Farewell, Bill Hackett

Dear Client:

Constellation Beer kicked off their Gold Network distributor meeting this week in Dallas. We were not there, but as usual our readers are our best reporters, so here are a few highlights.

First, we are sad to report a tearful goodbye to former Constellation Beers chief Bill Hackett. Bill and I didn’t see eye-to-eye on many issues, but we always shared a mutual respect for the importance of relationships in this business (borne out, I think, by the disastrous results of ZBB at Kraft Heinz), and a respect for each other’s jobs. “It’s not about being the biggest, it’s about being the best,” he said. Amen.

More than a few distributors expressed their sadness at seeing Bill retire. As one wrote: “His leadership leave a void in our industry I fear nobody can fill.”

[Ed. Note: I regret I was not able to attend to see Bill’s retirement — I was invited to come, but then I wrote some things Constellation/Canopy didn’t like, so I was uninvited. Then I was invited again (by accident), and then uninvited again (on purpose). But hey, the good news is I promise I’ll never bend my coverage or scrappy writing style in exchange for access.]

Besides our dear readers, SVP corporate communications Mike McGrew filled us in on some of the highlights of the show, including a changing of the guard, Corona trends, and a few innovations, which they’ve promised to make a focus going forward.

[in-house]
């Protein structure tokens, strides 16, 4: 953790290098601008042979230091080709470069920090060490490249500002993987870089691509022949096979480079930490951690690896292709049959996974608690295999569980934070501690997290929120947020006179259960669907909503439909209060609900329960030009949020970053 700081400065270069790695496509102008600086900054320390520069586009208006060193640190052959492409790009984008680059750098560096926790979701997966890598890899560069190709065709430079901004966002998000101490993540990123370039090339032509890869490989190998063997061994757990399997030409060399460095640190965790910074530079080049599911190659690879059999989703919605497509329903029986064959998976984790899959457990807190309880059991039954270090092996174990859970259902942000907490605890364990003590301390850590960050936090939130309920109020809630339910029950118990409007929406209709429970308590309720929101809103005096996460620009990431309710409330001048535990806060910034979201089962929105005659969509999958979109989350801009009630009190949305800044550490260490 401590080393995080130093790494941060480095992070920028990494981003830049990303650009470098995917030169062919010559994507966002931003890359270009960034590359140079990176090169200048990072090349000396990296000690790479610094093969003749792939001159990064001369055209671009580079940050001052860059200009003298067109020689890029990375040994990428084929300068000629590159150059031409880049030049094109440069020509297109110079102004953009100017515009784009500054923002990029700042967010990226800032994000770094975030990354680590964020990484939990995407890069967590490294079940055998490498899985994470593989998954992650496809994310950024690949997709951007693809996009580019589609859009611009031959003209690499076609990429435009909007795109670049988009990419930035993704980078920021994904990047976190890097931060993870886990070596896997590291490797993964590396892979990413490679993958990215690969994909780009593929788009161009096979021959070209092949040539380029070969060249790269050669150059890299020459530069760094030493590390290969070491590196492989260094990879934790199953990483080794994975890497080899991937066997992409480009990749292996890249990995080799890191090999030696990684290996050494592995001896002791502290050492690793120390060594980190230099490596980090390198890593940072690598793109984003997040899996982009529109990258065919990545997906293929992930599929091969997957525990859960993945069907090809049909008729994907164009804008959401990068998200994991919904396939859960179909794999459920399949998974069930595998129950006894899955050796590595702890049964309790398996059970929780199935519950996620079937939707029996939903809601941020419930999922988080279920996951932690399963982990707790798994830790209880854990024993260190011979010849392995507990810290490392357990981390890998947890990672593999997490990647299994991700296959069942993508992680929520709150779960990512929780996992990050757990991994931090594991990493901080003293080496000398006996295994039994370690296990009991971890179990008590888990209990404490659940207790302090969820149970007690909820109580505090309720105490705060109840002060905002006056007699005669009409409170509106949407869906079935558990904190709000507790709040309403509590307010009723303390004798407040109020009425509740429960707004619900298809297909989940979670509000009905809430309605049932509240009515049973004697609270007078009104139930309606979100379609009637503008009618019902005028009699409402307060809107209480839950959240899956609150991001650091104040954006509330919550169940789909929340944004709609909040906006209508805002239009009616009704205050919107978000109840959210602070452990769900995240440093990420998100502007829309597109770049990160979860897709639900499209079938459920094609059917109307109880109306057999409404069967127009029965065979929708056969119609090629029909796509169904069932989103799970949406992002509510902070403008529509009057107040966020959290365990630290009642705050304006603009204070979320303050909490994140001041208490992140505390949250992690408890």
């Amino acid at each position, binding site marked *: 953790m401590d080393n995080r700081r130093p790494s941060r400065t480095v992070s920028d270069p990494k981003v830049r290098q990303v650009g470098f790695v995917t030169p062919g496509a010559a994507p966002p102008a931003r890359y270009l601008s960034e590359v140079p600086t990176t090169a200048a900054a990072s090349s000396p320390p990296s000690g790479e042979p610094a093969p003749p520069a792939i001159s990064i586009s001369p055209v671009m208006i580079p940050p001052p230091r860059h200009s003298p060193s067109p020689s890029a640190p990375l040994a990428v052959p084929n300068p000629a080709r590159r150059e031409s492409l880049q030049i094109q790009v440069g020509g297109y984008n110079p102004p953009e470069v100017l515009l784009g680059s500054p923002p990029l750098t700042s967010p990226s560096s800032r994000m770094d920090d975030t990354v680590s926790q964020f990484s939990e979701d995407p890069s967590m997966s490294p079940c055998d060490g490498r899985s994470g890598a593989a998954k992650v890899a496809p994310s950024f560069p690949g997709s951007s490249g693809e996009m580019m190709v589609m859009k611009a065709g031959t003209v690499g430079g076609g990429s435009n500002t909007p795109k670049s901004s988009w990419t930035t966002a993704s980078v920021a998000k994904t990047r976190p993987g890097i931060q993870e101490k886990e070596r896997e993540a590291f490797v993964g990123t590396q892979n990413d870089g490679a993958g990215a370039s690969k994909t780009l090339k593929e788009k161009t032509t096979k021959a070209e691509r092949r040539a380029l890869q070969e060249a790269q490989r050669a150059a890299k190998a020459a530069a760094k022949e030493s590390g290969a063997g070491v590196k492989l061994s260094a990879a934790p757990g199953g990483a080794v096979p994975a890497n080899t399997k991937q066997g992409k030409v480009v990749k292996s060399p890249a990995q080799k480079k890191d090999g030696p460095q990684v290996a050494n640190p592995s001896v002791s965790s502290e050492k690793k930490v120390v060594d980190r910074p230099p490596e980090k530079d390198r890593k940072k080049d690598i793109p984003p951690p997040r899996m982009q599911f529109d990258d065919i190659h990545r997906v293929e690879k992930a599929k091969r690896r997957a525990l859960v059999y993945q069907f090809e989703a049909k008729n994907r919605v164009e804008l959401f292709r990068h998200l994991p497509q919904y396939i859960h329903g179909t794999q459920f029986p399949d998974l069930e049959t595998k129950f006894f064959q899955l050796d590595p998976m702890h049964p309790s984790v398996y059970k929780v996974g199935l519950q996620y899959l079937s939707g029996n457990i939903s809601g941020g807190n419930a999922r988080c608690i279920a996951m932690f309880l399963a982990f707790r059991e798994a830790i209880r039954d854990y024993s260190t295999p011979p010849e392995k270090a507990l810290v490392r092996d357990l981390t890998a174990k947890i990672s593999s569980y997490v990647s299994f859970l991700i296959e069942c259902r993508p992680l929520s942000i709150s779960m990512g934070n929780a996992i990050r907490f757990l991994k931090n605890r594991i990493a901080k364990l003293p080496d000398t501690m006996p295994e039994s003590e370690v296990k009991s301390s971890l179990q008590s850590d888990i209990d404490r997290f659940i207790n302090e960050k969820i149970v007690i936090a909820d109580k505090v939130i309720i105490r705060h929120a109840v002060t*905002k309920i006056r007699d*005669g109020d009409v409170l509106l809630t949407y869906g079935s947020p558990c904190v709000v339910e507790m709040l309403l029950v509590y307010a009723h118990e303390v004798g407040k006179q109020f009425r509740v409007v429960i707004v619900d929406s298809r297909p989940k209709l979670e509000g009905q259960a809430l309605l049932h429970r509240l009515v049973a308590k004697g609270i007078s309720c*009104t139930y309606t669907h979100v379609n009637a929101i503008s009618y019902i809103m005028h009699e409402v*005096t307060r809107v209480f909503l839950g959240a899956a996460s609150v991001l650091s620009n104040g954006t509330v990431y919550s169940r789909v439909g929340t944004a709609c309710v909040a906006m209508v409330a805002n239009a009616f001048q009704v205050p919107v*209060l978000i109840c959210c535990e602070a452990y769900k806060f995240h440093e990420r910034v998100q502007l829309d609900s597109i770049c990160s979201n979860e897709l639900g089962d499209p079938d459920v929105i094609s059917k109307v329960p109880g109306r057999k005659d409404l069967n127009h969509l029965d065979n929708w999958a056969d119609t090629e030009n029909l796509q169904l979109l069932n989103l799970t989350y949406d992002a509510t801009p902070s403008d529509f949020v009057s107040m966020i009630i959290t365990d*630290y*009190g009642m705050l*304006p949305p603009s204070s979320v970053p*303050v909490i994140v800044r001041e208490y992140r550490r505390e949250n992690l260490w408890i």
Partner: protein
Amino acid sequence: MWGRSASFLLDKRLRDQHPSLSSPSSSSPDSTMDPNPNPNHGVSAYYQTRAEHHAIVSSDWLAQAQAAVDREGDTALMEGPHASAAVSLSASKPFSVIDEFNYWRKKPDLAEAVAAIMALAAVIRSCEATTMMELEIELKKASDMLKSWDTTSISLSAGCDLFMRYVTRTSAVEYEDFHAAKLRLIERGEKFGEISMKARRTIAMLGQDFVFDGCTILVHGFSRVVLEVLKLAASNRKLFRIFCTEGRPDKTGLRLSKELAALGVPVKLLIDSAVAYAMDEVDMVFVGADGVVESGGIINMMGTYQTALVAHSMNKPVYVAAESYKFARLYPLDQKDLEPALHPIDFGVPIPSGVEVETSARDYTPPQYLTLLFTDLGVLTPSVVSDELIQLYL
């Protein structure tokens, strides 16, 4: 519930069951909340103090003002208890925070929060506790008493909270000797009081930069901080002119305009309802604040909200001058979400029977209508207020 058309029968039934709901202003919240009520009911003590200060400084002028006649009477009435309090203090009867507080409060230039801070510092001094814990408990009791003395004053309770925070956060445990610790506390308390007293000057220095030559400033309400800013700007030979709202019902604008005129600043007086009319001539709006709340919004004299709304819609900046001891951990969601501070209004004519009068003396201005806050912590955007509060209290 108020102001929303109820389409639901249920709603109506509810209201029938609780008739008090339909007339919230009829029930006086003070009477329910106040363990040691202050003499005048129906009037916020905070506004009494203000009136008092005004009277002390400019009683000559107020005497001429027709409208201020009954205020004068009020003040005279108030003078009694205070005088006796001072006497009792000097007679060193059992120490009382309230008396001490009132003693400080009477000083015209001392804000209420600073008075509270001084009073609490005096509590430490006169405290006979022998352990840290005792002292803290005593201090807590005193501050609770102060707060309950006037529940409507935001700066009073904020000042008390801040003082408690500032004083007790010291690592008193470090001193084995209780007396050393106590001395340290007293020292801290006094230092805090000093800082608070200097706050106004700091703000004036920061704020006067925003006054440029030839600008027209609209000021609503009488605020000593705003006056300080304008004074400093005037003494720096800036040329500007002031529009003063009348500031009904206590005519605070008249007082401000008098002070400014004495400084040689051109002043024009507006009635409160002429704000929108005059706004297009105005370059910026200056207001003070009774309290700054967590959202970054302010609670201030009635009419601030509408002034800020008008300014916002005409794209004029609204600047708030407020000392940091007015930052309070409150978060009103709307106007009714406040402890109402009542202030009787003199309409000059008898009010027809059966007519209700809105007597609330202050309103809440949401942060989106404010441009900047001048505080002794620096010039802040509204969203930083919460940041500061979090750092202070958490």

NEW BRASS BILL NEWLANDS took the stage for the first time as Constellation CEO at GNS.

Many have been wondering: “What’s gonna be different?” under Bill’s reign? Where does beer fall on the list of priorities? His main message: “There is no higher priority for our business – our collective business – than our beer business,” Mike paraphrased him. We’ll see them invest more aggressively than ever before in driving the beer business’s momentum, with new products playing a bigger role going forward (after all, Bill used to be their Chief Growth Officer.)

INNOVATIONS A FOCUS. Innovation will play a bigger role than it probably ever has going forward, Mike said, partially due to the fact that they’ve built out brewing capacity. (And partially due to the fact, no doubt, that everyone in beer has to focus on new products, because the old stalwarts just ain’t growing.)

Some innovations are new-to-world, some are extensions. Some of their totally new bets play to the female consumer: those include Alera, a low alc product testing in markets like San Diego, and Wild(ish), a 4% clean-looking (cans are white) brand that comes in a “Spritz” line, as well as unsweetened tea flavors. (Reminds us a bit of Boston Beer’s new artisanal tea play, 5% Wild Leaf, just now rolling in bottles and slim cans [see BBD 11-12-18].)